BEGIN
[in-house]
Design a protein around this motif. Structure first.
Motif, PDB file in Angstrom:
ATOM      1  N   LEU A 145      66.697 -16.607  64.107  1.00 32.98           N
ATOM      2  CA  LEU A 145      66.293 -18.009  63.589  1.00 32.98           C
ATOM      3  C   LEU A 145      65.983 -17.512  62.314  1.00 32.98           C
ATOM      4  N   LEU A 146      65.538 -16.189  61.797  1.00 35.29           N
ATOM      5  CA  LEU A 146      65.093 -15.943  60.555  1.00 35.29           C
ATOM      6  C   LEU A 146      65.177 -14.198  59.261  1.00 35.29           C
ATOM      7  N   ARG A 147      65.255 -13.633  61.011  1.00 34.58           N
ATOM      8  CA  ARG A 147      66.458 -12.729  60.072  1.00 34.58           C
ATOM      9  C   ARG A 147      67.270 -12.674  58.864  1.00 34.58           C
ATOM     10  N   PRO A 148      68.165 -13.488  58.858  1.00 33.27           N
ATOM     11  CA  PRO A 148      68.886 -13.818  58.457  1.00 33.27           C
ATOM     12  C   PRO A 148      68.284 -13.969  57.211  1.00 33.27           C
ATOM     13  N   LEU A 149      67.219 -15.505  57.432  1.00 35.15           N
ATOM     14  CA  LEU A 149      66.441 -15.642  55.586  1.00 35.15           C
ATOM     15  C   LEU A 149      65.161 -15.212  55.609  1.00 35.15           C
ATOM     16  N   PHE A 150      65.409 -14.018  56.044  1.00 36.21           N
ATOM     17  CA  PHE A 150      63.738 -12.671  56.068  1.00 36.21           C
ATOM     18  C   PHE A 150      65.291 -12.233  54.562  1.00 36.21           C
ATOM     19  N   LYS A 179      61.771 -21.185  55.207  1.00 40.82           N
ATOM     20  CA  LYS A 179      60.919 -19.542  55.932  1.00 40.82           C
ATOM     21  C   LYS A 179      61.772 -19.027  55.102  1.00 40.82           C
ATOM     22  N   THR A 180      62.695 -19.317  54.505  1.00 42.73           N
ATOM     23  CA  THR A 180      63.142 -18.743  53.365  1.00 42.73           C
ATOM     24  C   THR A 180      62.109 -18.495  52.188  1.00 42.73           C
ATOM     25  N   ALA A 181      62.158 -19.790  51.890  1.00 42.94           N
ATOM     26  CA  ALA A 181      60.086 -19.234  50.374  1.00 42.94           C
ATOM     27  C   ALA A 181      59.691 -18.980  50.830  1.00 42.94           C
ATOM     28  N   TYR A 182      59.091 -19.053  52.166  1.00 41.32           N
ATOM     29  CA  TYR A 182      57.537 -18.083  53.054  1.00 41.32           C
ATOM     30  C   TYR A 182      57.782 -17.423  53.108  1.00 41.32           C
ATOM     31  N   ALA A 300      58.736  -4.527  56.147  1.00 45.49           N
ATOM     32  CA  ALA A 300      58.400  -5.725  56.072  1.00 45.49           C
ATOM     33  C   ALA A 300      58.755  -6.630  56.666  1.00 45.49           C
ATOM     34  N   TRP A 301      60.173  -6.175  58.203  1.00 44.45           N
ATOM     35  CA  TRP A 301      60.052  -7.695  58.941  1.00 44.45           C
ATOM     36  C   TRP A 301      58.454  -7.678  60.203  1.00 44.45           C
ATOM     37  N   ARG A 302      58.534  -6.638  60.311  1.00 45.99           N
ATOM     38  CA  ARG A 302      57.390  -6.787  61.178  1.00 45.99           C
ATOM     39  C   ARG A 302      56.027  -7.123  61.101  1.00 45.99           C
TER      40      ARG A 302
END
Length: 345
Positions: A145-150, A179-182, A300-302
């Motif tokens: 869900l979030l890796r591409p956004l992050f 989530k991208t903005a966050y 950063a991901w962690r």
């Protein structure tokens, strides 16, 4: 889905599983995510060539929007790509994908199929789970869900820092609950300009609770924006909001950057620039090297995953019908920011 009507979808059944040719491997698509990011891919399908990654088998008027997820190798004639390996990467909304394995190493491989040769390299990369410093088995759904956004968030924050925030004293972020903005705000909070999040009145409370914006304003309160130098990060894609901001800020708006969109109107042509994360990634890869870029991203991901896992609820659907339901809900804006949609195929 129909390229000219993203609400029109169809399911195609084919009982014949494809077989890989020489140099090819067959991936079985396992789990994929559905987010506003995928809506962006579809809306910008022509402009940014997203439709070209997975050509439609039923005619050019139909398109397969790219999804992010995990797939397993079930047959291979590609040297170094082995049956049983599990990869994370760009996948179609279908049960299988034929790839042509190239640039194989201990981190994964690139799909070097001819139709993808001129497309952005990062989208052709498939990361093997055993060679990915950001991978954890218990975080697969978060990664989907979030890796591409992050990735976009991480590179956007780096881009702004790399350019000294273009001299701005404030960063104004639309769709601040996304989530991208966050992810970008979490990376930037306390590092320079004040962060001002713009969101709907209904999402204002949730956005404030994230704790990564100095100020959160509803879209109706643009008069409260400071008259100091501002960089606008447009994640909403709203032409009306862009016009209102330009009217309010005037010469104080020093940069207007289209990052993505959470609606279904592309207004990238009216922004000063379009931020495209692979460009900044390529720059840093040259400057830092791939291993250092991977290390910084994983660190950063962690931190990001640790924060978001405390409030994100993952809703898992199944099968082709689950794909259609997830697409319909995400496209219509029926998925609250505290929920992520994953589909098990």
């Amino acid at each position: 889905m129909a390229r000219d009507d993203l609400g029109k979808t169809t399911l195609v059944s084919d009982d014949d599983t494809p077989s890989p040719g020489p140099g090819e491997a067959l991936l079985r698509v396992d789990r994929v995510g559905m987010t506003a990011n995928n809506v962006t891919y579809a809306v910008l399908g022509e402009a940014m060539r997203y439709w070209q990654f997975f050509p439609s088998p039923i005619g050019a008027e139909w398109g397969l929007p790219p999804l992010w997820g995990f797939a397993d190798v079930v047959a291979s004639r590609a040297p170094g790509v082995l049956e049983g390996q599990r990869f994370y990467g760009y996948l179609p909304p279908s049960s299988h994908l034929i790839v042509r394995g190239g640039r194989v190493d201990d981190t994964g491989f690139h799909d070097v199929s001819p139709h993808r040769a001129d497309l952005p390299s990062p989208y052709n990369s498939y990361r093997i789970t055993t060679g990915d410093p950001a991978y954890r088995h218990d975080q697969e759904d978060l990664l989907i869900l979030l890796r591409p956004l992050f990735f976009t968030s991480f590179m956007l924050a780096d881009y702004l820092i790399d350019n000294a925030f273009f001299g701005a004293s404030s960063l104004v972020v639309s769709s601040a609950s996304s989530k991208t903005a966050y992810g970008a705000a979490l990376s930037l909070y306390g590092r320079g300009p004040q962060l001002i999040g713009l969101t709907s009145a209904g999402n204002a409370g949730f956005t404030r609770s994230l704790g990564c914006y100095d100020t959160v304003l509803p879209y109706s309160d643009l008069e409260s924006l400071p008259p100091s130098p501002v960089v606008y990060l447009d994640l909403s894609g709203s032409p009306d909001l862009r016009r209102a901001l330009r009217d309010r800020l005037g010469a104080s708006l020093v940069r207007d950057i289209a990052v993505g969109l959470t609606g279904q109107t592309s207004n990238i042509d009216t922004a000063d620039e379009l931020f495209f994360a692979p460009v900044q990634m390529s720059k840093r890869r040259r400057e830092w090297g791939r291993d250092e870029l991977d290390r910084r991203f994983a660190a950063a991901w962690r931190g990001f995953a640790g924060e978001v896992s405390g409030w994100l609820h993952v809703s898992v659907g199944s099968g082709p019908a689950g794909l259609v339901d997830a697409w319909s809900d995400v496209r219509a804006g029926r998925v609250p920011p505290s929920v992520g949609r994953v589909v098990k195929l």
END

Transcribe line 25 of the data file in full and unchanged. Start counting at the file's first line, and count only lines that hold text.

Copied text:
ATOM     22  N   THR A 180      62.695 -19.317  54.505  1.00 42.73           N